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XLIV.

It has been said-indeed the proverb's old

That “ Bad's the wind that blows not good to some one,” And so we'd also say of frost and cold,

Although, perhaps, it does not well become one

(Howe'er may freely speak a gruff and grum one)
To question about providence below;

But, call me what you please, except hum-drum one,
The fact is this:-Some fifty years ago,
This Mulheim fell a ruin ’midst the snow ;

XLV.

in various ways.

Good cometh But quickly rose, thanks to its sapient masters,

In fairer form; and, what's still better, abler
To stand 'gainst storm, or any like disasters :

Few towns, I know, are better built, or stabler.

"T has been advanced by Tacitus, no fabler, That here it was, where Cæsar i boldly threw,

A bridge across the Rhine.--Some modern cabler,

1 A full account of the making of this bridge may be found in Cæsar's

(And well enough it suits the purpose too) Has made a Pont Volant on which we flew.

A flying bridge.

XLVI.

Cæsar.

The Romans wrote—and ages have believ'd,

That when the spirit of that mighty man, Had sped, and many a noble heart had griev'd

When cold the blood, which late so fervent ran

The Romans wrote- let those deny who canThat then the senate shook, the meteor shone !

Ambitious call’d, by the republican. But who more generous, brave, forgiving ? None'Twas he, in truth, who would have grac'd a throne.

XLVII.

True great

Would'st thou be truly great, thou'lt not succeed,

However wide thy power, uncheck'd thy sway

ness.

Commentaries (lib. iv. cap. xvii.-xviii.) It is an extraordinary fact, that, in ten days, he not only made the bridge, but passed his whole army over it.“ Diebus X. quibus materia cæpta erat comportari, omni opere effecto, exercitus transducitur.”

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Let whosoever laud thy warlike deed,

The boldest poet, in his loftiest lay

If not magnanimous (that surest stay);
Unless forgiving, just, humane, and good.

Had the self-chosen emperor of a day,
Who, o'er his slaughter'd millions wont to brood,
Been such, his dynasty had ever stood !

An evil conscience.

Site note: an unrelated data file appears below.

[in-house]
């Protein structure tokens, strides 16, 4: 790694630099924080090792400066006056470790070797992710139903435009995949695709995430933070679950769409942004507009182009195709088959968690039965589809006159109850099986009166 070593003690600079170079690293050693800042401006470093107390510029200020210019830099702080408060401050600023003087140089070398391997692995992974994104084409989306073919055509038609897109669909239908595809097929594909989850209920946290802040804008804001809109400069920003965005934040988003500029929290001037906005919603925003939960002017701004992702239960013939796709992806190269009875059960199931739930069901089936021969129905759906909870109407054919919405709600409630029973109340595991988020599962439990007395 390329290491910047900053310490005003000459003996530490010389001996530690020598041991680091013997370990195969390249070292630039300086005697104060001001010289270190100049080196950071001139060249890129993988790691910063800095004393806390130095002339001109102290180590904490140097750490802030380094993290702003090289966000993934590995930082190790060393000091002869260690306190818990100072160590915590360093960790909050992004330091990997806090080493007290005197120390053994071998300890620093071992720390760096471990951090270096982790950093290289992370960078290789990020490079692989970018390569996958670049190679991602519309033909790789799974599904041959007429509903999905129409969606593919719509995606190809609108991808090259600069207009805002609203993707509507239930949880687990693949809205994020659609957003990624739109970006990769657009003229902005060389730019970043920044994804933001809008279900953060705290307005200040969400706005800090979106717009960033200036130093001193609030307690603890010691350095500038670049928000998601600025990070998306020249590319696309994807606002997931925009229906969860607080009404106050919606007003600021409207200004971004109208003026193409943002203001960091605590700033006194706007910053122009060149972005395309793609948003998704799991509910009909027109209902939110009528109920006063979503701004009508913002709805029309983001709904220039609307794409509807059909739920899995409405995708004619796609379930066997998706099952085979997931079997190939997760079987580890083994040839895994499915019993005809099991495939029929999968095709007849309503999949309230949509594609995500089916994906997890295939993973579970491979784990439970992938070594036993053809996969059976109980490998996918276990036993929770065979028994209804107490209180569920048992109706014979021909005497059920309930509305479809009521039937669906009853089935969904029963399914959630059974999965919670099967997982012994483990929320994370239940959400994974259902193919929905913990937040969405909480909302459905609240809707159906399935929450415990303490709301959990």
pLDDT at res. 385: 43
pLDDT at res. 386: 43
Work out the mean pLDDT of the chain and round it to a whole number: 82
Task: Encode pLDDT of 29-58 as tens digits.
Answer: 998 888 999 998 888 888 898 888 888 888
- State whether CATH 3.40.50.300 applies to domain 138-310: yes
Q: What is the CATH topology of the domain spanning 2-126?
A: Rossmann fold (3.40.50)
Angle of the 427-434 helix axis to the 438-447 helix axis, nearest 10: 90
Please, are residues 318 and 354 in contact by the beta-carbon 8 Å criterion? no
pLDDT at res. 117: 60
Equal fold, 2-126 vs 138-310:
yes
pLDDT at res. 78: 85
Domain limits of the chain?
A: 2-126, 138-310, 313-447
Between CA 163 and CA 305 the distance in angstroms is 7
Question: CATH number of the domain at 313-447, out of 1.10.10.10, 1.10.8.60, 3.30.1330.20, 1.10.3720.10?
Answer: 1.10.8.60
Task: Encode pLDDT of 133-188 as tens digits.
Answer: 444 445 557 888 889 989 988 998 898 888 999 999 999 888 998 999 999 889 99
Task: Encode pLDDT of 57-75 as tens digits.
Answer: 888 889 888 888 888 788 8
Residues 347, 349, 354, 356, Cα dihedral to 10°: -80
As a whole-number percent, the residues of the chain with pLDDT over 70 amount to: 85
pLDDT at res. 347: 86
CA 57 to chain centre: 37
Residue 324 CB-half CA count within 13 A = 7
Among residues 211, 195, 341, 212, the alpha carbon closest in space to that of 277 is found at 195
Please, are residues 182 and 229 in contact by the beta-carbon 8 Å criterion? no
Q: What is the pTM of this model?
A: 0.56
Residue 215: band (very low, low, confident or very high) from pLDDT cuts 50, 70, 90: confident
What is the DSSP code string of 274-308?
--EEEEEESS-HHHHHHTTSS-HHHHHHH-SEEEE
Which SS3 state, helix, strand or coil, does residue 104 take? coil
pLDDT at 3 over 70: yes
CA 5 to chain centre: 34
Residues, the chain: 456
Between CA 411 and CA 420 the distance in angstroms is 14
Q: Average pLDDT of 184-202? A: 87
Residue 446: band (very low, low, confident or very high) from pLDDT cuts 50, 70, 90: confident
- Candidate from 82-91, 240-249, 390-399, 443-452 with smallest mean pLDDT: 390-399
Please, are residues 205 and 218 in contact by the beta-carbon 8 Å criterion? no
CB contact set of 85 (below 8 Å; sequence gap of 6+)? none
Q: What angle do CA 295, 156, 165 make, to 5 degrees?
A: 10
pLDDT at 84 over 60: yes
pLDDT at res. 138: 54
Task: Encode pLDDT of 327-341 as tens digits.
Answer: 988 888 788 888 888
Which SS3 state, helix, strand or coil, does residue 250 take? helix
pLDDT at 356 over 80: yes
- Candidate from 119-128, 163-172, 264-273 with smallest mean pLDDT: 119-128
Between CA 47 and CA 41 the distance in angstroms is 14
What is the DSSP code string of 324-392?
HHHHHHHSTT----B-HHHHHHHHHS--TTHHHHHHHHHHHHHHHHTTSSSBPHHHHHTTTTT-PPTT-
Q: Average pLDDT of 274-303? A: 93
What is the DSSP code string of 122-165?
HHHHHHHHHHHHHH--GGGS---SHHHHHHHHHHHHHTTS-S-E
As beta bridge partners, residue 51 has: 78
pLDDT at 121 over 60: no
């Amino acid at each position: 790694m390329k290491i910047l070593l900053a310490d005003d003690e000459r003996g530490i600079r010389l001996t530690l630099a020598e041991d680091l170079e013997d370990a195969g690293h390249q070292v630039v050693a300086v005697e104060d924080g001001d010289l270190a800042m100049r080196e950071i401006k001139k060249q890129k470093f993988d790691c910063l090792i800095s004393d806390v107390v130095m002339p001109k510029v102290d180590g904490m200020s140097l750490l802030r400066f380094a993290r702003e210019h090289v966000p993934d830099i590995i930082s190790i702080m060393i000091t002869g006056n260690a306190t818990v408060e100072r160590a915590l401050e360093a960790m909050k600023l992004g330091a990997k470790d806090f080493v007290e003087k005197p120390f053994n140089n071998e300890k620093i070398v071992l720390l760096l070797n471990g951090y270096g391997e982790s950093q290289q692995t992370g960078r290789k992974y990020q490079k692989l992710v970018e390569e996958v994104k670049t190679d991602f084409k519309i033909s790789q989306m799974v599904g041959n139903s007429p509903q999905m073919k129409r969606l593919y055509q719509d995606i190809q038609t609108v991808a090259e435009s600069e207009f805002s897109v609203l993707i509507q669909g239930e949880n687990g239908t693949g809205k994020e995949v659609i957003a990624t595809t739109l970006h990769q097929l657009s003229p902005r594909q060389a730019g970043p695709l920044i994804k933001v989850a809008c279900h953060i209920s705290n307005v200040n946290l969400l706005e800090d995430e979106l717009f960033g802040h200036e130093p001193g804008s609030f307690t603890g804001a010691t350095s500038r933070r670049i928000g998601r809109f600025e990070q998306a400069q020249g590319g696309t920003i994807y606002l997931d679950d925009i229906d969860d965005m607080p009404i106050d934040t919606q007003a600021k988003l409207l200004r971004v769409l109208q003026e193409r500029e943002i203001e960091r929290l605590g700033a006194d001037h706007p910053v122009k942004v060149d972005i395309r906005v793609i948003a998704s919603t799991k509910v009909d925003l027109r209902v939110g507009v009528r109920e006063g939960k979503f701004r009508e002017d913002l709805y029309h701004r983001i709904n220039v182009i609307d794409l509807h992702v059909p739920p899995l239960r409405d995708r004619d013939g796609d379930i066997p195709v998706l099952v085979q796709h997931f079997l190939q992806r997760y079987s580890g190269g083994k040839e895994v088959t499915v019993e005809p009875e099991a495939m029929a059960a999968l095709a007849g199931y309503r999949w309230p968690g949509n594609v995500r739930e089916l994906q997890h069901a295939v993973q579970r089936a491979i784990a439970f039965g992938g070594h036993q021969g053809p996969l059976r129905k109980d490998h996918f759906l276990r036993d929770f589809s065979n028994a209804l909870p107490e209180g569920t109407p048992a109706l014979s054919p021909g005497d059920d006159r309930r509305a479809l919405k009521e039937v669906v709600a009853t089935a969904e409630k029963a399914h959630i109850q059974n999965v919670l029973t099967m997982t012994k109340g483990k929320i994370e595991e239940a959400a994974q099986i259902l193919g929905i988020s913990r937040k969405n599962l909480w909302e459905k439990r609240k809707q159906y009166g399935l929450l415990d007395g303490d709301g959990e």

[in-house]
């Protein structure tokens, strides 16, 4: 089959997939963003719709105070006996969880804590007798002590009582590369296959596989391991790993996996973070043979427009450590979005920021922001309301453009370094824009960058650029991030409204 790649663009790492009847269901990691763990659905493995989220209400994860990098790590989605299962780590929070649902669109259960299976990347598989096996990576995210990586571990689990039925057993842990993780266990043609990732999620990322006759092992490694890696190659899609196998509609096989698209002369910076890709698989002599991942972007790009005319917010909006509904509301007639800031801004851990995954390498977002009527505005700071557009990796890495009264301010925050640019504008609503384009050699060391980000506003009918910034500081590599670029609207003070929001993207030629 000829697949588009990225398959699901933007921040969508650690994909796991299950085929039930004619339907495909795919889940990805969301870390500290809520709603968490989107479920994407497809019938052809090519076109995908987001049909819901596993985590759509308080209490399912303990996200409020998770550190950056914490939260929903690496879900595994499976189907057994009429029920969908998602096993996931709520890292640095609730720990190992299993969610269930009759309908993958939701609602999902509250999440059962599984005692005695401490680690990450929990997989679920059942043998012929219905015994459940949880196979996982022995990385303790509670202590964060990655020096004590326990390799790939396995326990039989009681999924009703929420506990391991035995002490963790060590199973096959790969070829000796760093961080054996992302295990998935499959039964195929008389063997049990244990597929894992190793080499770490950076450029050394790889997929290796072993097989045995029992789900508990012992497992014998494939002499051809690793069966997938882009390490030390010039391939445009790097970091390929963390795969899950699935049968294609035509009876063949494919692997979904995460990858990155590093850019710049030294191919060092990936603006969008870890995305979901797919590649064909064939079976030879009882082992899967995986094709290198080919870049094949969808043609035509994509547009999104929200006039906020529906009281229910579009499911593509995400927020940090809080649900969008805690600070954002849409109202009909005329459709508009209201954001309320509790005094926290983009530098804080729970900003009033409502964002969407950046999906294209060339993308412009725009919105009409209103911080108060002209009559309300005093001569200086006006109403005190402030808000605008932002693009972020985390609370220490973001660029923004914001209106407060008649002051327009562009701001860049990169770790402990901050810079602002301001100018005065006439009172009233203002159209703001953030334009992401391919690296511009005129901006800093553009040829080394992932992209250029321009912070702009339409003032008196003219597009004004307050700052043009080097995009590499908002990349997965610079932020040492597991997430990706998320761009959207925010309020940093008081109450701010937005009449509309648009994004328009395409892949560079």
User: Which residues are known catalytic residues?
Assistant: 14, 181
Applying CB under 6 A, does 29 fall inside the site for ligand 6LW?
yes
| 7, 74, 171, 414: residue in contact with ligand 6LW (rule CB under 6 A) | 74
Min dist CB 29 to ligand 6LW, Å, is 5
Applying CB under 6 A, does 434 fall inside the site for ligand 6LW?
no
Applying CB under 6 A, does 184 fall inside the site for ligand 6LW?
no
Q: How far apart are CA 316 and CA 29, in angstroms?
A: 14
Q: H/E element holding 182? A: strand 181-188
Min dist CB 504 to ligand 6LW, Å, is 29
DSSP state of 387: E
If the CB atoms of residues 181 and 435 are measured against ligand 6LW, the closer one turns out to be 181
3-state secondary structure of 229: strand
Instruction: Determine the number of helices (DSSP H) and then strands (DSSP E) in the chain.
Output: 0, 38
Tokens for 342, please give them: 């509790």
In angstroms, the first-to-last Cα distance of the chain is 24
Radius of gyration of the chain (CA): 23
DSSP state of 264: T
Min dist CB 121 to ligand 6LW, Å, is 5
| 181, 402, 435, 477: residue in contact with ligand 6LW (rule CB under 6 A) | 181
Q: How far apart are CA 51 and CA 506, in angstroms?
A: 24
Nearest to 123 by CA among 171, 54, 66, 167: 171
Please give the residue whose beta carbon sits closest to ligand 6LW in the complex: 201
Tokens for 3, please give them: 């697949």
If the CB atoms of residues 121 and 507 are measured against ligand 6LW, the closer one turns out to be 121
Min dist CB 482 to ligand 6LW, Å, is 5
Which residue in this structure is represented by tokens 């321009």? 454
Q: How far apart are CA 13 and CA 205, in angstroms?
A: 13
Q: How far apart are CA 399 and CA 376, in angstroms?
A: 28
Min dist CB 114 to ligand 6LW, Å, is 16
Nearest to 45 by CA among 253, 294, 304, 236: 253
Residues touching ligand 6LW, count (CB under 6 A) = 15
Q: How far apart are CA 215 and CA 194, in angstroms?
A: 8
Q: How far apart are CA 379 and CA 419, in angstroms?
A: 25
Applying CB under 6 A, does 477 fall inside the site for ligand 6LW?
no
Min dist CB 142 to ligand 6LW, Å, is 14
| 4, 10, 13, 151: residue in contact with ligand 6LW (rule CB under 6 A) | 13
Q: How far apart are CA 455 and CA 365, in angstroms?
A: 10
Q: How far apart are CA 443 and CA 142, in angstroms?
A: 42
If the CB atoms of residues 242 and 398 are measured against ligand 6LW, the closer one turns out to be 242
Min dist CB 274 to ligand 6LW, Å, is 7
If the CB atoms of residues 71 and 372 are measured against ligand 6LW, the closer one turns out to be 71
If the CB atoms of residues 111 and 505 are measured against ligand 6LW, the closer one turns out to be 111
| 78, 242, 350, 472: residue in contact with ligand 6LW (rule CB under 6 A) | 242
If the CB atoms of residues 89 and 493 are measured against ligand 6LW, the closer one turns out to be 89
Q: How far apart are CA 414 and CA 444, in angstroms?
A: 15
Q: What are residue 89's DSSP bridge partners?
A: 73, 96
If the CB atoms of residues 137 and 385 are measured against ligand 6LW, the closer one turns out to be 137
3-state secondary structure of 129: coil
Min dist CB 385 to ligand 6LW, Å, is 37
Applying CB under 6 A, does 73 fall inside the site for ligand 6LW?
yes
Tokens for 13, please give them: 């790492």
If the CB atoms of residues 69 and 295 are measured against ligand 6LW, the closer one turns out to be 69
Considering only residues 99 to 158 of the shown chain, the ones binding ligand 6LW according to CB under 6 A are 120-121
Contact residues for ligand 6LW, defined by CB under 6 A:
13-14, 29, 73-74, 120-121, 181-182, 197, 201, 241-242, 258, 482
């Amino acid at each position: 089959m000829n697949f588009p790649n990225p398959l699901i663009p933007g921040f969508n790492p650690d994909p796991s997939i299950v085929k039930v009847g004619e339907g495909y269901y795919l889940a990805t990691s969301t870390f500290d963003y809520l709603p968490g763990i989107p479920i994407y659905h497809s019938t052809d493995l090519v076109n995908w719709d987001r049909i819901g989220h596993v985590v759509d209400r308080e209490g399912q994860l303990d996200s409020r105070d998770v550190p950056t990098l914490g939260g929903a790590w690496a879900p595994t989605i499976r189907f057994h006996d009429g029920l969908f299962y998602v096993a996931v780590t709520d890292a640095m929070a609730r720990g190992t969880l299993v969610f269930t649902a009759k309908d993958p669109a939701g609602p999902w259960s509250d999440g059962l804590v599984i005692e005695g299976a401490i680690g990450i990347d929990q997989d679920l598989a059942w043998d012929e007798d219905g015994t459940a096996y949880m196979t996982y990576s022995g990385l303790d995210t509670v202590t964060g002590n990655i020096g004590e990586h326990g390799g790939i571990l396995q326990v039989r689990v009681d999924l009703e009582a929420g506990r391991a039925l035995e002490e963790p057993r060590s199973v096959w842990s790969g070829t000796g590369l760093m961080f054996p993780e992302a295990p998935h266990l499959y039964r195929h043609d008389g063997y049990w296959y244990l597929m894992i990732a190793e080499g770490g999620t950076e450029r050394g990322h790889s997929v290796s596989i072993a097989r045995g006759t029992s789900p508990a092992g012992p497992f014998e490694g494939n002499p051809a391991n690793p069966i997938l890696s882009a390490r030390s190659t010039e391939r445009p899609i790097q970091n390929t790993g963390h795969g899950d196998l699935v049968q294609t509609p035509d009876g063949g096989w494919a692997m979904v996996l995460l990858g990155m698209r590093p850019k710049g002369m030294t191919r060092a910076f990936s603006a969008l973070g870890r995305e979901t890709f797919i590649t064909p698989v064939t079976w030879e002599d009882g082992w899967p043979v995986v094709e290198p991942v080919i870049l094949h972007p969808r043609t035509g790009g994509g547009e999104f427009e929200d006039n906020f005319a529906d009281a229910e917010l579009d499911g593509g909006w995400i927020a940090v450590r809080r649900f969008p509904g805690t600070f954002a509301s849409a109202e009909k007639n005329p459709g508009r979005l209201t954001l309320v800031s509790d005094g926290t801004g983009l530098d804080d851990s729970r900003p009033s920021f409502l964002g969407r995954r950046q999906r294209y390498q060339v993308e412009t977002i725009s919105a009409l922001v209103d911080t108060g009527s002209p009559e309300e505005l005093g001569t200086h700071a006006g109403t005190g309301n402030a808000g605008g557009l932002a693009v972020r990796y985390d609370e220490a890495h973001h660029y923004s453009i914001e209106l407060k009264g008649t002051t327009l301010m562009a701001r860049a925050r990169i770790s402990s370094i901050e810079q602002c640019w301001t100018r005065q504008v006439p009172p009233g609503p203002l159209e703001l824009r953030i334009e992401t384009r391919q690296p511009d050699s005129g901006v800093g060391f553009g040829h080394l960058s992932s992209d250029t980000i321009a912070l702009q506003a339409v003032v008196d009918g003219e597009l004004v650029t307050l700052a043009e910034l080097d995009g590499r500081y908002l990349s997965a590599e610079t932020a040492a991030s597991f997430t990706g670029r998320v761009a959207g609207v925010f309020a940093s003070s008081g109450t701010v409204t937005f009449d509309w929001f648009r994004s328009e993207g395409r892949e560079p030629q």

XLVIII.

Kings are but men, with all their failings, feelings,

And failings oft they haye-how should they not?
E’en Henry had his faults, but such his dealings,

The Gauls surnam'd him Bon--he's not forgot.

No! thanks to Sully, there's not lost one jot.-
A good king. And have not we, too, had a Royal line,

Who ruld the empire without or blame or blot ?
So shall our William reign, 'neath power divine.
Long life to him, whose people are his shrine !!

XLIX.

A modest re. Thou'st grown quite regal, Raymond, and would'st seem,

To take no heed of our gay, gallant Kaiser;

buke.

Which

you would let, or stop, or sink, or swim.I’m no such fool, sweet Alice, but much wiser.

Know, then, that mighty Power, of all deviser, Has just enveil'd us in so dense a fog,

Our mess-man (rumour whispers he's a miser), Cries, “ Further we can't go; but there is Prog," So says the Captain-he's an honest dog.

L.

A dilemma.

Or progg’d or fogg'd, it matters not ; for here

We stick right fast, till the bright morning sun Shall rise in strength, and make the river clear;

The while, all cramm'd below—what glorious fun!

To sleep's impossible. I can't for one,
Nor shall e'er miss a soft down bed to sleep on.

My fear's the hours will far to quickly run,
With Arrabel's sweet Prussian face to peep on ;
Had I Time's sand-glass, they should slowly creep on.

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LI.

What heavenly voice ! 'tis she-'tis she who sings,

And well it is ; for here's a precious fool

cient puppy

A self-suffi- No other power could silence; for he brings,

Red-hot from College-would it were from school

An ample share of what is pitiful !-
This dandy (countryman, I would deplore)

Swears that by every right existing rule,
They should, ere this, have brought him safe to shore ; –
Such mothers' pets one meets with—they're a bore !

LII.

Advice to fond mothers.

May I, fond mothers—dare I here lament

That striplings, stor’d with little else than Greek,
And Latin, if you please, should e’er be sent,

From your dear apron strings, till taught to speak

A language that is complaisant and meek ?
Some prigs believe-so shame themselves and nation-

That being English, they may boast and break,
If not good faith, in faith what's calld discretion,
To courtesy not offering one oblation.-

LIII.

Courtesy.

Oh! courtesy, thou best, thou sweetest balm,

To heal those wounds which arrogance would ope ;

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